Noncontact measurements qualify precision parts

A medical diagnostics company, Unipath (Bedford, Bedfordshire, UK; www.unipath.com), manufactures more than 20 million ClearBlue home pregnancy testing kits a year.

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A medical diagnostics company, Unipath (Bedford, Bedfordshire, UK; www.unipath.com), manufactures more than 20 million ClearBlue home pregnancy testing kits a year. To manage this high volume, the company uses three custom automatic assembly and packaging machines that produce up to 100 devices per minute. As production consistency is critical, Unipath called on OGP Ltd. (Hatton, Derbyshire, UK; www.ogpuk.co.uk) to install an OGP Smartscope, a noncontact, video-based measurement system built by Optical Gauging Products (Rochester, NY, USA; www.ogpnet.com).

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Installed at Unipath's UK headquarters, the OGP SmartScope ZIP 600 noncontact measurement system verifies the consistency of plastic injection moldings and a laminated band of nitrocellulose in a pregnancy-test kit.
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Originally, Anne Colgrove, Unipath's technical quality manager, investigated tactile probing through 3-D coordinate-measuring-machine (CMM) technology to verify plastic injection moldings and a laminated band of nitrocellulose bonded onto glass fiber tape. However, conventional CMM technology would not account for any variation in visual appearance, was slow to provide support for the throughput capability of the assembly machines, and was detrimental to the fragility of some of the components. These shortcomings led to the installation of the OGP SmartScope ZIP 600.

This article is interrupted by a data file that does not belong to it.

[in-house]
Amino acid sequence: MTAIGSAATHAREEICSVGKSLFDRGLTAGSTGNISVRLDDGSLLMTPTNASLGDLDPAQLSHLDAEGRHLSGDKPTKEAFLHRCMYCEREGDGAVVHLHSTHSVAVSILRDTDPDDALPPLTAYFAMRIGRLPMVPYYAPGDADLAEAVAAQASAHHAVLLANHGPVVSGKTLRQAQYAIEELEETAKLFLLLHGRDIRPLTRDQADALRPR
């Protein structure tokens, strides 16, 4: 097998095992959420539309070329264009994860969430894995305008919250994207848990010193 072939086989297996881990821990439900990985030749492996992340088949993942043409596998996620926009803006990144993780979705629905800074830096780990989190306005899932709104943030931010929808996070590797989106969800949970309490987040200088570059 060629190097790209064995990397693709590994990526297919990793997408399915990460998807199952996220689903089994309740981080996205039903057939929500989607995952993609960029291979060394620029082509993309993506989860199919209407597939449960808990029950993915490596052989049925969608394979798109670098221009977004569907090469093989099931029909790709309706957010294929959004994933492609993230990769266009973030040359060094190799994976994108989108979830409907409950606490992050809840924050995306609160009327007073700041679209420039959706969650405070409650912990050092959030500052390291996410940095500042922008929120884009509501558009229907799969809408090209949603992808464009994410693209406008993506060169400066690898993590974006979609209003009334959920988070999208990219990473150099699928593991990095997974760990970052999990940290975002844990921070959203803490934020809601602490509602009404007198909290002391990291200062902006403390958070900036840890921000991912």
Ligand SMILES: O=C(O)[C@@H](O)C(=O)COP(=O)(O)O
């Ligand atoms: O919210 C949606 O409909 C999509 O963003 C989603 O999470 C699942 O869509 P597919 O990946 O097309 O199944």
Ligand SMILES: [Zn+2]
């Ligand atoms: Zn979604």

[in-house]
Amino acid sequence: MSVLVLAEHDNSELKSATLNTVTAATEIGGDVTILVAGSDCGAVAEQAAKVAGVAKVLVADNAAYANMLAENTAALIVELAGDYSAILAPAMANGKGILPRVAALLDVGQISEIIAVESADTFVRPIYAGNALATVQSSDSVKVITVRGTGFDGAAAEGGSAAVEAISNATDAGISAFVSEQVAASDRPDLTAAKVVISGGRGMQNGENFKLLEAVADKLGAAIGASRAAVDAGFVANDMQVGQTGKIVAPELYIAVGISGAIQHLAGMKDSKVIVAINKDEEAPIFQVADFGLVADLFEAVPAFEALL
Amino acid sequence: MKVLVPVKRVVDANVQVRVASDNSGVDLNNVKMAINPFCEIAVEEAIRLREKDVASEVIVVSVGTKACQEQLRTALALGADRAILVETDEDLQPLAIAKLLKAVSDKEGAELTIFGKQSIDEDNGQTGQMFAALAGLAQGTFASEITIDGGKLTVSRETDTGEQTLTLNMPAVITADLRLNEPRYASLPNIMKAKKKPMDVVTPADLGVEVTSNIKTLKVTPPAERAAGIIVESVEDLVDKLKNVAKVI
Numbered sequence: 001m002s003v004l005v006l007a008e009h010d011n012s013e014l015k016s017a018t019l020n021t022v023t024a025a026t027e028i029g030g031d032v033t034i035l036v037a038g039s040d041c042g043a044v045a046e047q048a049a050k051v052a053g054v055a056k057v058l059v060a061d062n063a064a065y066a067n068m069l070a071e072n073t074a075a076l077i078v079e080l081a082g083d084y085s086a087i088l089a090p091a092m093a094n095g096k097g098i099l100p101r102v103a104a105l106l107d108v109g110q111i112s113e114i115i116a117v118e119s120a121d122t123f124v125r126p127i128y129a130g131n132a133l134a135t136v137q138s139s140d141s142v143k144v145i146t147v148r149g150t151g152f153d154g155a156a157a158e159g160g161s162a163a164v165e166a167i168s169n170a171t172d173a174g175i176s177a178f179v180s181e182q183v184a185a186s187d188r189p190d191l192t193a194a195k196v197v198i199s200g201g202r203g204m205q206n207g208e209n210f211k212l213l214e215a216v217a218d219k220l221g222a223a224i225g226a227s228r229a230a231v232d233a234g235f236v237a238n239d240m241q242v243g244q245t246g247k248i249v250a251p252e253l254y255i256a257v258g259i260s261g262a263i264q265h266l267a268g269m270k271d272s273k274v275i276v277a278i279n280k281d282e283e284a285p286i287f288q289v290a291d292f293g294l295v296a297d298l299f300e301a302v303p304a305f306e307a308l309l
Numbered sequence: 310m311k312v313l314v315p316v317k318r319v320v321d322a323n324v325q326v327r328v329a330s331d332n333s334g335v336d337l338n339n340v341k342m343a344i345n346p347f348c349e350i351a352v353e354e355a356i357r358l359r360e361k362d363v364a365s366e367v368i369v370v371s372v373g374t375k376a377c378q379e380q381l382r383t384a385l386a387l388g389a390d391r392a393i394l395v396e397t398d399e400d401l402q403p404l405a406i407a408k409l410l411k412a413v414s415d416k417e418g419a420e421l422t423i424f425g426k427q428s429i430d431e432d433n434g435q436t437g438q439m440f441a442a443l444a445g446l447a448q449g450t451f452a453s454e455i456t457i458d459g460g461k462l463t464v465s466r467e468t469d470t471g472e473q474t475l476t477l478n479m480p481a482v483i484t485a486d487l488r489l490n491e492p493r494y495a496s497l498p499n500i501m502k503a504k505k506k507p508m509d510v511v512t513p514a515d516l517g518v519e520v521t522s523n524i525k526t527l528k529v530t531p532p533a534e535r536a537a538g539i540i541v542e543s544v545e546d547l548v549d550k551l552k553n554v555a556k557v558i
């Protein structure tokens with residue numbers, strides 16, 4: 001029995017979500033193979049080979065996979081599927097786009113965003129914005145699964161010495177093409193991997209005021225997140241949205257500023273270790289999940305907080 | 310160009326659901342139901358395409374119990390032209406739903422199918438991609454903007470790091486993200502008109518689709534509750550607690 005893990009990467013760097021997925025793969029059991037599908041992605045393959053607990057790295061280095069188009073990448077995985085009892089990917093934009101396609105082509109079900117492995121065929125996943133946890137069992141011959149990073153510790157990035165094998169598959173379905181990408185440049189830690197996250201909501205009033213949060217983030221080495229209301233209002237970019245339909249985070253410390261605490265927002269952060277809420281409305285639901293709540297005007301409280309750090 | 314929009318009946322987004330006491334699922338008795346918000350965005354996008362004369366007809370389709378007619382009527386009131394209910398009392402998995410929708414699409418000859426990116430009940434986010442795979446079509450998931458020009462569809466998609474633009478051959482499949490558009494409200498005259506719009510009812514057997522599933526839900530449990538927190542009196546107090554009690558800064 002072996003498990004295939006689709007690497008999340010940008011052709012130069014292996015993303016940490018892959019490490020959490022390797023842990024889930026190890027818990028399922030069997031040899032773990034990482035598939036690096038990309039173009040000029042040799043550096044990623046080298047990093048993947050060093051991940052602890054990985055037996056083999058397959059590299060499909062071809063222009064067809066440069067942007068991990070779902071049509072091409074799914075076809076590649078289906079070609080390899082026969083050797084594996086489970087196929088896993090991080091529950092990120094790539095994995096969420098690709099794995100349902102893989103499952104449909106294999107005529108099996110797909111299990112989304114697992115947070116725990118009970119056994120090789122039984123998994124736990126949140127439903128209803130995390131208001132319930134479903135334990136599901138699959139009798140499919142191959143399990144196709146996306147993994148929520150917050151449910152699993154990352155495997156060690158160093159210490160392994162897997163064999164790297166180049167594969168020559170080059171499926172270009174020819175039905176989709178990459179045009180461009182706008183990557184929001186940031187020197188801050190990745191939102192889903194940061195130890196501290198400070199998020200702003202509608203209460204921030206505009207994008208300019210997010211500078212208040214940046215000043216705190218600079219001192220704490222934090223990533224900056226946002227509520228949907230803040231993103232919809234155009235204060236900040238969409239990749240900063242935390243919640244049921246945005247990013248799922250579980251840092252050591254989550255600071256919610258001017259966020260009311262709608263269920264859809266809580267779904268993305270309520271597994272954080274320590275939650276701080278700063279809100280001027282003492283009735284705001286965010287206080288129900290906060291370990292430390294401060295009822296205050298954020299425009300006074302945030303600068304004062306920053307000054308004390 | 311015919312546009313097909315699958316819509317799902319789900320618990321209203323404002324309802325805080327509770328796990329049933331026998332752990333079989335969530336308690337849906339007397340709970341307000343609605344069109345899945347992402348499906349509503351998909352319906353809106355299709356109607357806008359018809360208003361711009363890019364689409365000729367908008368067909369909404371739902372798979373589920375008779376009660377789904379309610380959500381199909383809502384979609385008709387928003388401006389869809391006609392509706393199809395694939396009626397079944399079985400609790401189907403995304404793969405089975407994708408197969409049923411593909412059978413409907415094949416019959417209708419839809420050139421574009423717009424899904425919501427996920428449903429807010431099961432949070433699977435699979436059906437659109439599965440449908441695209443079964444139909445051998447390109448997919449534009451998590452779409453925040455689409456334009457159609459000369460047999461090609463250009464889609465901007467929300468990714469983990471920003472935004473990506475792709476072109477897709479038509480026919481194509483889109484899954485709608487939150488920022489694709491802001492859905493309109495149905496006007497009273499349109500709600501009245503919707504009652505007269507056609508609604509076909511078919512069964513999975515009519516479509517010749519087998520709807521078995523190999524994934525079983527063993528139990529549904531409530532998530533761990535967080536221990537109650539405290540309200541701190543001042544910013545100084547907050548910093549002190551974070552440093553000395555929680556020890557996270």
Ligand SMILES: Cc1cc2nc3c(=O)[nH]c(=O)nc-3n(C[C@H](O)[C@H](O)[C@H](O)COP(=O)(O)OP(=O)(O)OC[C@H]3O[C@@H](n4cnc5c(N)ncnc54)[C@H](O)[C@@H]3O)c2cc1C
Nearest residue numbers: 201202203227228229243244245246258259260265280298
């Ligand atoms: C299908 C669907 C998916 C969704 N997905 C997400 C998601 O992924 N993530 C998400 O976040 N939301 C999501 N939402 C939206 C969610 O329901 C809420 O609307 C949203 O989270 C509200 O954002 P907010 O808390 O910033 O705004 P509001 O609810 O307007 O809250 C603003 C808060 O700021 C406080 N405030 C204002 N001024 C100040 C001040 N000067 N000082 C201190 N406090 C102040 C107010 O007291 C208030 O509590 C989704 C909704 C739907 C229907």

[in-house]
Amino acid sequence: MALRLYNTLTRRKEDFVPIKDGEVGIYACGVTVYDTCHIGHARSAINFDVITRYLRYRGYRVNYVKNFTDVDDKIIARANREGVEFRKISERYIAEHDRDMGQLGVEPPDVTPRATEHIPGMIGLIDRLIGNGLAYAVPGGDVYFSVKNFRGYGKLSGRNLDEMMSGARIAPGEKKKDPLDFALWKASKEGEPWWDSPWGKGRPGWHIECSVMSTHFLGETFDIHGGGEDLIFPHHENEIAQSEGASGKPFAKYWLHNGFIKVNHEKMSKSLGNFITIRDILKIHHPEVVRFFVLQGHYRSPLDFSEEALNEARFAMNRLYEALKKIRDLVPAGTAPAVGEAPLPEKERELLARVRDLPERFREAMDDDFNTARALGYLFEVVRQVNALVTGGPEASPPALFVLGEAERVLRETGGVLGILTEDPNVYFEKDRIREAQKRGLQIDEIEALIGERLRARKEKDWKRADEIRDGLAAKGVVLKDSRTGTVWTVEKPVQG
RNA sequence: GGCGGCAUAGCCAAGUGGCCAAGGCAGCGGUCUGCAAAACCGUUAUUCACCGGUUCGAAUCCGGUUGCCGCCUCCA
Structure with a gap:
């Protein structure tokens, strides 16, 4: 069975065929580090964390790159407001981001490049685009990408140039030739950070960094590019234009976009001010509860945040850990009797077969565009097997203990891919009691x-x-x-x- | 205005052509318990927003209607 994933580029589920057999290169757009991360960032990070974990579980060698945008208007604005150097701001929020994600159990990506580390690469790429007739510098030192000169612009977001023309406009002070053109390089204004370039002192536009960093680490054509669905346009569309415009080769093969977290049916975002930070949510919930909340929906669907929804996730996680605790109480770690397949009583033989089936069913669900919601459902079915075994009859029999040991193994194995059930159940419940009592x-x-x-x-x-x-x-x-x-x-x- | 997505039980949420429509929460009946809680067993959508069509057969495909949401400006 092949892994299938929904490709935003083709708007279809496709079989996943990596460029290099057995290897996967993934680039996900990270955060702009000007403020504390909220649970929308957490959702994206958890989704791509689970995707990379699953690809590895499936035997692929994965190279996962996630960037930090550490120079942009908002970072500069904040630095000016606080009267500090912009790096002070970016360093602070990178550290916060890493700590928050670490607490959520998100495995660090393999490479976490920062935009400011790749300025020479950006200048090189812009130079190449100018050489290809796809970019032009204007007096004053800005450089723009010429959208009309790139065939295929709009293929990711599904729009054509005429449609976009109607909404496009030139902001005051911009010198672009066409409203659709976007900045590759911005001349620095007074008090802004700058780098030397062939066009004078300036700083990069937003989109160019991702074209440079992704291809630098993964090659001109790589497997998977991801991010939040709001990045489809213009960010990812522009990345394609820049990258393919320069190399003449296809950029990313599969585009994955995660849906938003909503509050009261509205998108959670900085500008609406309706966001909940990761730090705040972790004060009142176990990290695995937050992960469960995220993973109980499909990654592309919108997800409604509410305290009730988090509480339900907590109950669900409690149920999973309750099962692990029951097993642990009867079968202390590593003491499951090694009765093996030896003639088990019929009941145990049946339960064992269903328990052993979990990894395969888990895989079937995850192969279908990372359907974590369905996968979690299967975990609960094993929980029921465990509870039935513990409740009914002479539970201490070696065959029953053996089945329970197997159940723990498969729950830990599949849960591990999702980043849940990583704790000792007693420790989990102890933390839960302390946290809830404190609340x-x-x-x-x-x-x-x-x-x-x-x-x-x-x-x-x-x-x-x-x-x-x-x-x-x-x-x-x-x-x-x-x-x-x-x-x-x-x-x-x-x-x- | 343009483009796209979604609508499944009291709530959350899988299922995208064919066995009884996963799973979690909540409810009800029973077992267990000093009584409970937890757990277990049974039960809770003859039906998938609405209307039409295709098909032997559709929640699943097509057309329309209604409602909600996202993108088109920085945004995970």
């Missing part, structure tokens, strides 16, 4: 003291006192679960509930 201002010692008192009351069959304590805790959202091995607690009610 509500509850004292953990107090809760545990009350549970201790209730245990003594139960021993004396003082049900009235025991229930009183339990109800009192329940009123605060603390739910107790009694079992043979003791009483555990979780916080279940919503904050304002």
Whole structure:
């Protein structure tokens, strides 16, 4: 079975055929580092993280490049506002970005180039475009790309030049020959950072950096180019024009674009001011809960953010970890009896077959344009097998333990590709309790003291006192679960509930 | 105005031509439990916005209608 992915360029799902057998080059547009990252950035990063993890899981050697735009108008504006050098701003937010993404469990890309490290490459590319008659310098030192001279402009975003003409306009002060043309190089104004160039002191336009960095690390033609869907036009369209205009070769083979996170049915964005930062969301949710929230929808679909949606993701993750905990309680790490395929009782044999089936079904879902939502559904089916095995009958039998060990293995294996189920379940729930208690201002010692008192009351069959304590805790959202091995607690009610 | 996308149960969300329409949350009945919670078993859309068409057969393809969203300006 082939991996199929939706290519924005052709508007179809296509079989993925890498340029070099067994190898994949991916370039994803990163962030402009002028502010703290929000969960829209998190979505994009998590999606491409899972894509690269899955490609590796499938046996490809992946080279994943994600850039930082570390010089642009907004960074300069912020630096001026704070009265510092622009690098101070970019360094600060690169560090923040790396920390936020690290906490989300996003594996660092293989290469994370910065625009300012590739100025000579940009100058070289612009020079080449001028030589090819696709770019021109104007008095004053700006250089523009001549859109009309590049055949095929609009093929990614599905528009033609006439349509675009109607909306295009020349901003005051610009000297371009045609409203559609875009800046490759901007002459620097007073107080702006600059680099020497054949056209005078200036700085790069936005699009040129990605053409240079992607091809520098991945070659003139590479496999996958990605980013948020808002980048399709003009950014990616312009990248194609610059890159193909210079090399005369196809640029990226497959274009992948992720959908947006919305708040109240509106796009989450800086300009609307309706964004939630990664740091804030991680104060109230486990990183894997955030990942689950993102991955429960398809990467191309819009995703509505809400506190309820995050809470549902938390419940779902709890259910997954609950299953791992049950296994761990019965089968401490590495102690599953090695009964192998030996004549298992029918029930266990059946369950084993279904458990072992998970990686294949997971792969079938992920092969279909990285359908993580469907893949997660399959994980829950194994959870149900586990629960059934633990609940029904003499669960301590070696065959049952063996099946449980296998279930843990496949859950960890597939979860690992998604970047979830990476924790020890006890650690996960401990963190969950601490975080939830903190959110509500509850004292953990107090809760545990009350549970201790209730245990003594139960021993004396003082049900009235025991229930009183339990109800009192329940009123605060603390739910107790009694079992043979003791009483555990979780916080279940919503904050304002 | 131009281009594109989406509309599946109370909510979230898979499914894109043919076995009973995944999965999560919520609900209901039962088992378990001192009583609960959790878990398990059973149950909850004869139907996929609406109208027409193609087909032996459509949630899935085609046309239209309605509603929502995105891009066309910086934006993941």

Unipath's ClearBlue device is as large as a thick ballpoint pen with a push-on plastic cap. The main casing is made up of two parts, each of which is injection molded in the shape of a fan made up of 10 components. Each molding contains various location and fixing pegs and slots, which retain an internal laminate band and an absorbent wick.

While tolerances are not tight, typically ±0.1 mm, the smooth exterior profile results from a rounded elliptical shape that is easy to hold. Any mismatch between the two halves would produce a serious visual defect. In addition, errors in the geometric relationships of each part degrade the efficiency of the automatic assembly process.

Michael Hoskins, a Unipath quality-control analyst, says, "For volume-based automatic assembly, it is imperative that the moldings are consistent. However variations can be present because the moldings are made from several dies. This is also true of the laminated band of nitrocellulose. Each band is flexible and sliced into 39 separate strips from which one strip is fitted into each body during the assembly process," he adds.

To help position the strip, a series of feeder holes is prepunched to a ±0.05-mm tolerance for location purposes in the plastic body and also is used as a guide for the assembly process. The strip is fragile and any contact with the nitro-cellulose surface would destroy the coating. "This fact eliminates the use of a contact-based positioning system and mandates the use of a system such as the SmartScope," says Colgrove.

Unipath has devised a series of fixtures with datum holes for inspecting the different parts. This is important as the assembly process progressively picks each half in turn from the center hub of the molding. Using the SmartScope, the company can check all the features of about 200 molded components in less than eight hours, if required, and can compile trend graphs in less than two hours. Using the system's programmable axes, parts of up to 500 × 660 × 300 mm can be measured and shown at between 32 to 320 times magnifications to a resolution of 0.1 µm.

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